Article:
But there’s another helpful way of giving yourself a better chance of success. Look at failure. Certainly, you should consider your own failure, i.e., what could go wrong. Looking only at how you might fail, though, is only part of the equation.
Charles Duhigg, in his book Smarter Faster Better, says we should strive to ensure “we are exposed to a full spectrum of experiences. Our assumptions are based on what we’ve encountered in life, but our experiences often draw on biased samples. In particular, we are much more likely to pay attention to or remember successes and forget about failures.”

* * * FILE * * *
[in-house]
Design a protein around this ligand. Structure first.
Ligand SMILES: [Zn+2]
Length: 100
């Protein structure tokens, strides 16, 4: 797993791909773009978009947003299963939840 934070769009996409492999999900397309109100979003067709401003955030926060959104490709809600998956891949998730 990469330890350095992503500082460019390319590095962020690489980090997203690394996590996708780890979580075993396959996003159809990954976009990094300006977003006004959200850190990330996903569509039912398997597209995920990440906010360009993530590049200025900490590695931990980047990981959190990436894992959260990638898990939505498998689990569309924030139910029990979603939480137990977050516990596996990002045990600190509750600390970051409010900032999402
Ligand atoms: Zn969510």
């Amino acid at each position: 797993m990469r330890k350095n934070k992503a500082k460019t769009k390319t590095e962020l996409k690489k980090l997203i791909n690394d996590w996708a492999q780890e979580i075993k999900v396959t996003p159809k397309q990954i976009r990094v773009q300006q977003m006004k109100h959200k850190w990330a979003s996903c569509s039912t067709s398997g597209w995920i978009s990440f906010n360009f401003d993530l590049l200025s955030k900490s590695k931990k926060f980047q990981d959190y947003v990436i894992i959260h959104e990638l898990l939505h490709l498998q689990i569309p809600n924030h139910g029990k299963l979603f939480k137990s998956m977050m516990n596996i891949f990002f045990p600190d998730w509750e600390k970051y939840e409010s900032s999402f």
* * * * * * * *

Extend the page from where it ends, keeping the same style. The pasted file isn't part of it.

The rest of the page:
Says he, “Many successful people , in contrast, spend an enormous amount of time seeking out information on failures.”
Here’s a challenge for you, difficult as it may be. Try to find some folks who have failed in ventures similar to yours. Sometimes we can learn more from failure than we can from success. Find out what went wrong, what pitfalls to avoid. Learn from the mistakes, the failures of others. If you learn about others’ problems ahead of time, you may not have to experience the problems on your own.